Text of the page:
Friday, March 18, 2016

Local Girl Doesn’t “Get” Deadpool, Can’t Understand Fuss

Ryan Reynolds as Deadpool in Deadpool.

This is it. This is the moment where people are going to read something I wrote and tell themselves that I dislike the thing they love because I just don’t understand. “She just doesn’t get it,” they’ll say, “she’s a girl/doesn’t read comics/probably drinks pumpkin spice lattes; Deadpool goes over her head.”

While that characterization isn’t totally accurate, it’s also not entirely wrong. I don’t get Deadpool. I’m putting it out there and I’m not taking it back. I’ve never read a Deadpool comic and I had no idea what he was about until I started researching for this piece. All I know is that my nerdiest male friends were raving about this movie and I had to see it. My critical opinion is that… it was alright, I guess.

What I can say for Deadpool is that it’s one of the most genre-breaking, self-referential films I’ve seen in a long while. I would almost call it “post-modern,” if we weren’t collectively over calling things post-modern by now (we are, aren’t we?). From the opening credits, where the producers are credited as nameless “Asshats,” to the after-credits scene (yes, there is one) where Deadpool addresses the audience with a completely unnecessary Ferris Bueller-inspired bathrobe over his red-and-black costume, Deadpool doesn’t waste any time trying to take itself seriously as a superhero movie. This is classic Deadpool: the comics inspiring the movie are known for shattering the fourth wall and allowing the character to reach beyond the limitations of his medium, sidestepping pesky obstacles in storylines by, say, reading an enemy’s comic book to learn everything about him. Deadpool knows it’s a superhero movie. It plays with this idea and, while I have my reservations about the film, its adherence to its source material is fun, inventive, engaging, and translates very well.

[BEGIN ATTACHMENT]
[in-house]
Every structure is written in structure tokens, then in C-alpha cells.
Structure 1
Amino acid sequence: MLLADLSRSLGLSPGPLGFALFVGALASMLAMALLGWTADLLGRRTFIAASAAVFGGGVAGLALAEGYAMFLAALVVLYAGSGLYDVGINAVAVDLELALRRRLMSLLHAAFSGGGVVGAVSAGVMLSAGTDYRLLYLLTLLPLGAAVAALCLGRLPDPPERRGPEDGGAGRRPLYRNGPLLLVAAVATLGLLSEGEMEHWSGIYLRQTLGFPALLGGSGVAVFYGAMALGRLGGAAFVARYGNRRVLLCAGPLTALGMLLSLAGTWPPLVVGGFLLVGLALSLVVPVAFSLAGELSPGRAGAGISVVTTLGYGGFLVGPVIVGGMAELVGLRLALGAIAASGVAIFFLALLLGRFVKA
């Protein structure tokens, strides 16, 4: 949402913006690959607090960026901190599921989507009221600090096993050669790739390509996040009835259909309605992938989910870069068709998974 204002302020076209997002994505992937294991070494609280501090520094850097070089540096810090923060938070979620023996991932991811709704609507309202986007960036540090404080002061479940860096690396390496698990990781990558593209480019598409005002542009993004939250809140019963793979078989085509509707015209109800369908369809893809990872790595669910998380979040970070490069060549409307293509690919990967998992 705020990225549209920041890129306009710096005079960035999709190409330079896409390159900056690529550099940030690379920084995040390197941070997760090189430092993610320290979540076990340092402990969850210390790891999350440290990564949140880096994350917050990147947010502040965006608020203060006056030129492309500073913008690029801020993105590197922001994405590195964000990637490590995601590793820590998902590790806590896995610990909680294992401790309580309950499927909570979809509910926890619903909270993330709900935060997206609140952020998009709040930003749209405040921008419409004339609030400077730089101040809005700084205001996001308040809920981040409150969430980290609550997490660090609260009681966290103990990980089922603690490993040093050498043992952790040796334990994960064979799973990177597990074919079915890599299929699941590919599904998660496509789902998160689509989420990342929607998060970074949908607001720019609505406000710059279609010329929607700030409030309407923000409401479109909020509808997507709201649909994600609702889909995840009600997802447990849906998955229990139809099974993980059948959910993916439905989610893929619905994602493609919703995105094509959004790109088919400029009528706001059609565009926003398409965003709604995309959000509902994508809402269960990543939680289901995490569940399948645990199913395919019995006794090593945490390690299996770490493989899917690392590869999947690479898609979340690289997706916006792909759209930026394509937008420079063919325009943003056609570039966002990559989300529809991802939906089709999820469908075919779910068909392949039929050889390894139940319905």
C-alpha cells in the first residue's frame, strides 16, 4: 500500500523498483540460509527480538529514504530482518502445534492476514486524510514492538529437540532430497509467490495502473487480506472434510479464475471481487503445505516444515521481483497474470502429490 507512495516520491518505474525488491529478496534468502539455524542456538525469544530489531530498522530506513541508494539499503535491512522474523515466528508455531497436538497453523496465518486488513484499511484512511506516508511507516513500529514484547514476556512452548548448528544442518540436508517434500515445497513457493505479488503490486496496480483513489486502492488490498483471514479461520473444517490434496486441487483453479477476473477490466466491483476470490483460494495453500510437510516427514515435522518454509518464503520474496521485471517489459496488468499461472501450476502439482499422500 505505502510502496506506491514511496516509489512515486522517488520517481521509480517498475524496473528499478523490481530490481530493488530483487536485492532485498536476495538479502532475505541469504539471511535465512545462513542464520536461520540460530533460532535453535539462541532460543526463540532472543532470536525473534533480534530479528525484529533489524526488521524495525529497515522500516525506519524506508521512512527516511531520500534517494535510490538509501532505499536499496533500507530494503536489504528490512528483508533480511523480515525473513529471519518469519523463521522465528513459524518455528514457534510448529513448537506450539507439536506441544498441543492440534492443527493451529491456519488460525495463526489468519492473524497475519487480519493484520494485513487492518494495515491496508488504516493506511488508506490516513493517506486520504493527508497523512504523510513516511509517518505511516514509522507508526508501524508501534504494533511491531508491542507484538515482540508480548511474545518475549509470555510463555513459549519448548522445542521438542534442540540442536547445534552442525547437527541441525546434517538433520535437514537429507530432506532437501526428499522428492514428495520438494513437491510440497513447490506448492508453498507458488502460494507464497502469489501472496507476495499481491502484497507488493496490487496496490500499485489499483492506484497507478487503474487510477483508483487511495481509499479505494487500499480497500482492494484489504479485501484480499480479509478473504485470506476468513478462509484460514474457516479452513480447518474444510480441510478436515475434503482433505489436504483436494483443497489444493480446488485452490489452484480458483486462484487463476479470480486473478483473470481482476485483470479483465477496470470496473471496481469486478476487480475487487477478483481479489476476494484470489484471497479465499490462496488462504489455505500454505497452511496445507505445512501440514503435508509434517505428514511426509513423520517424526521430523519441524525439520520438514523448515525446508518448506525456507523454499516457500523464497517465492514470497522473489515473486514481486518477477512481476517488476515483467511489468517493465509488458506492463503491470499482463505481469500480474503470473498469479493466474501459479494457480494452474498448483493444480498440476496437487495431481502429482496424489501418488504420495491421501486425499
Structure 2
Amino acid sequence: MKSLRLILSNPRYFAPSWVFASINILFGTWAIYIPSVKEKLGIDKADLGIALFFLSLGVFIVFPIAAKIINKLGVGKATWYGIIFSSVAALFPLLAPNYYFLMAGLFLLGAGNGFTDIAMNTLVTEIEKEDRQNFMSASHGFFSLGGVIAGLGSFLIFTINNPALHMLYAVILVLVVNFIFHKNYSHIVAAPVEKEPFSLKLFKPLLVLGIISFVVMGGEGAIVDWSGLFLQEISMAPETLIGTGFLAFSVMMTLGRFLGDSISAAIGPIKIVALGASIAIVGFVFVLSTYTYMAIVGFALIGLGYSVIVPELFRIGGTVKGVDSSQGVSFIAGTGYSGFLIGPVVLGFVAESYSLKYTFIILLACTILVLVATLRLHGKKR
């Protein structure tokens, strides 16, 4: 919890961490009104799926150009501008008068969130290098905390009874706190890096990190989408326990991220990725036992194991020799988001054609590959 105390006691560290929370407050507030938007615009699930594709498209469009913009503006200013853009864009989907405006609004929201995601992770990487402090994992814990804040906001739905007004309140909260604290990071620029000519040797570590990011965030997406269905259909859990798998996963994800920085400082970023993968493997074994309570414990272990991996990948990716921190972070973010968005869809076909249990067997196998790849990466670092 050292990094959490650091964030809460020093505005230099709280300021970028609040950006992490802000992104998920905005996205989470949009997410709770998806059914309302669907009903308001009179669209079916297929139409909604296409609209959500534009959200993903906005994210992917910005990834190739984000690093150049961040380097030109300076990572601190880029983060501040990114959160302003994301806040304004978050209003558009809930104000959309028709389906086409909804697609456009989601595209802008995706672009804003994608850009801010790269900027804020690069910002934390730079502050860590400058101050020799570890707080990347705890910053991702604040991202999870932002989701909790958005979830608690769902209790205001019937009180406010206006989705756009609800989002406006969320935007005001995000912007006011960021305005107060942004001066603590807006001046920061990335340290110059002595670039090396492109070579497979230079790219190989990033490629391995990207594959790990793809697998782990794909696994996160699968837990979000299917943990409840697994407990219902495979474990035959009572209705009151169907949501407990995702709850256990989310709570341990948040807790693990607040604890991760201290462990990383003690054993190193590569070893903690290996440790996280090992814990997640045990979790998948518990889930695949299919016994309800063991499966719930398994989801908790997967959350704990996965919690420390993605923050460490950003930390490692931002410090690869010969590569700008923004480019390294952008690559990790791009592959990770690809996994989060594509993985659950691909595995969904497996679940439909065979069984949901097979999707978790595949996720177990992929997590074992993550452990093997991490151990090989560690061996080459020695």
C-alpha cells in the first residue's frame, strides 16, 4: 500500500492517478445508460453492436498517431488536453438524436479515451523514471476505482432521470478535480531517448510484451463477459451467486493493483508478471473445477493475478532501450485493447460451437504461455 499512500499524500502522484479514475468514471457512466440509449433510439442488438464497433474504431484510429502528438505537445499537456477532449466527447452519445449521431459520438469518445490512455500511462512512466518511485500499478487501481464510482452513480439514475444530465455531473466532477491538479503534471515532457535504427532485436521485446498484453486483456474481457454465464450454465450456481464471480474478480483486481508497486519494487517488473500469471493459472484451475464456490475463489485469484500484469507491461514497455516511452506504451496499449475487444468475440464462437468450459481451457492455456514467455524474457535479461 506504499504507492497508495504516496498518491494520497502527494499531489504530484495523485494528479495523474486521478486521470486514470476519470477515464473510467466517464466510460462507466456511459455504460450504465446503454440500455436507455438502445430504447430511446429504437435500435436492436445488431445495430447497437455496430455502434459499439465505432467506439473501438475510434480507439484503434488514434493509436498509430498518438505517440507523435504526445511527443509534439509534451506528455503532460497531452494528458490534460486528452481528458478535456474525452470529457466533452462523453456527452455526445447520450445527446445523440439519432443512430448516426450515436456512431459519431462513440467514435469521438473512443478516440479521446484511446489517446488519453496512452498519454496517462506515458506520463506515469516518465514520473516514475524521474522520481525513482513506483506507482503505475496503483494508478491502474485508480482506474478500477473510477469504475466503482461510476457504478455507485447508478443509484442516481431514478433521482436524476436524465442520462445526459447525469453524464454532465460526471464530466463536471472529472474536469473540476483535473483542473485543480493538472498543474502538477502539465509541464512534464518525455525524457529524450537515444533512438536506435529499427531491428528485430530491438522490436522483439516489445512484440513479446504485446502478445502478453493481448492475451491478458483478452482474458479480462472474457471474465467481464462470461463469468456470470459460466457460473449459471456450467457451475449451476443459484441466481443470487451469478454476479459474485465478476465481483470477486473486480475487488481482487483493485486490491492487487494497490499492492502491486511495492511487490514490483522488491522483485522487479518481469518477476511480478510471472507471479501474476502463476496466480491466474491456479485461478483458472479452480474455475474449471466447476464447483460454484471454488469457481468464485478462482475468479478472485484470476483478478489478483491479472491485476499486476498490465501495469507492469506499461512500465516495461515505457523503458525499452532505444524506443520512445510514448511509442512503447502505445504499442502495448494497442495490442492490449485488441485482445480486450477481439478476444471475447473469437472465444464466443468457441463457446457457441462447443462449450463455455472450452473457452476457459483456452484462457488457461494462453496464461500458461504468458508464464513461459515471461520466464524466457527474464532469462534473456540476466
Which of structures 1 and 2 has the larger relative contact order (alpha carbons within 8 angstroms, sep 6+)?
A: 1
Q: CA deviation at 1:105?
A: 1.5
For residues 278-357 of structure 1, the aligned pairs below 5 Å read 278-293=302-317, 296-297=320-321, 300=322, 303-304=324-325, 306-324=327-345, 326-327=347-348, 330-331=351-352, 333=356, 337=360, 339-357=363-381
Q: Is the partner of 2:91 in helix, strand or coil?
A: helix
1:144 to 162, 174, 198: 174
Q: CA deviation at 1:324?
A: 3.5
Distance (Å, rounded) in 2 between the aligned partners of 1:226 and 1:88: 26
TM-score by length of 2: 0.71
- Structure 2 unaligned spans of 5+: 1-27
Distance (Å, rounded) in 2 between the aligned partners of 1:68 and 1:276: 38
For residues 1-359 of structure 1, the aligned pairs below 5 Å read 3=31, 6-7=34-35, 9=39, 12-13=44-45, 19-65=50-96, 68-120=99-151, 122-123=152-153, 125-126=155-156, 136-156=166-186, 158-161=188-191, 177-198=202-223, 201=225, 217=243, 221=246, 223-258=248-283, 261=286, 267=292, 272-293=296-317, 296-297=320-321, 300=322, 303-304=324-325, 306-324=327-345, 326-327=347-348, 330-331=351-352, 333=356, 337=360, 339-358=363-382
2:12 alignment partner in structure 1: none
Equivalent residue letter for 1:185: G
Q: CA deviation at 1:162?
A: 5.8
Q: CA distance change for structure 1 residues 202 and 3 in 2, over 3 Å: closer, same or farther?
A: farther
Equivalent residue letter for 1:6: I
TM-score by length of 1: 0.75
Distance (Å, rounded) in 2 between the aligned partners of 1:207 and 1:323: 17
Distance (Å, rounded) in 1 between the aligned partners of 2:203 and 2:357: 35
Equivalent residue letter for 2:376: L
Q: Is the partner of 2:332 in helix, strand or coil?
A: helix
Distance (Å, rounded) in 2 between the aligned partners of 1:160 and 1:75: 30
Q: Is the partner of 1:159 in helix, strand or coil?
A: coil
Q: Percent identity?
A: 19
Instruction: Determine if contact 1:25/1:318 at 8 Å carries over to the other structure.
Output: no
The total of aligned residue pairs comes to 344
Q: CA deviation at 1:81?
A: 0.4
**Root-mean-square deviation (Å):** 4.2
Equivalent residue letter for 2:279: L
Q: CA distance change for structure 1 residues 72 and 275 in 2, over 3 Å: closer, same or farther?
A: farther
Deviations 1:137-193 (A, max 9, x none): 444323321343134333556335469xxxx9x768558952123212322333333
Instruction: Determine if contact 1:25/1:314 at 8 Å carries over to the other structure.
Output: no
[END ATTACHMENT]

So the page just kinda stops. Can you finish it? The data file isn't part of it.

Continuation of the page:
I have to credit Deadpool for making it to theatres at all. After 2009’s X-Men Origins: Wolverine took a bafflingly bad stab at bringing the character of Deadpool to the big screen, both fans and portraying actor Ryan Reynolds wanted a do-over. Origins’s take on Deadpool was initially decent: Reynolds’s pre-mutated, motor-mouthed Wade Wilson (Deadpool’s alter ego) was promising, but his eventual degeneration into a mystifying naked, mouthless, scar monster with katanas in his arms by the end of the film was horrific to longtime fans. In the spirit of retcon-happy Deadpool stories since time immemorial (1991, to be exact), Tim Miller’s Deadpool threw out the bad Origins storyline and started fresh, but not without a fight. Historically, Deadpool is a pansexual, crude, wise-cracking, meta tornado of insanity; it was important to the team behind the film that his personality stay intact. Despite pressure to make the movie PG-13 to appeal to a wider audience (and make more money), Deadpool had to be R-rated to be worth making at all. In exchange for a substantial cut to the movie’s budget, the makers of Deadpool got their wish and the film now appears in theatres (except for China, where it is banned) in all its R-rated, curse-laden glory.

Ryan Reynolds and Morena Baccarin in Deadpool.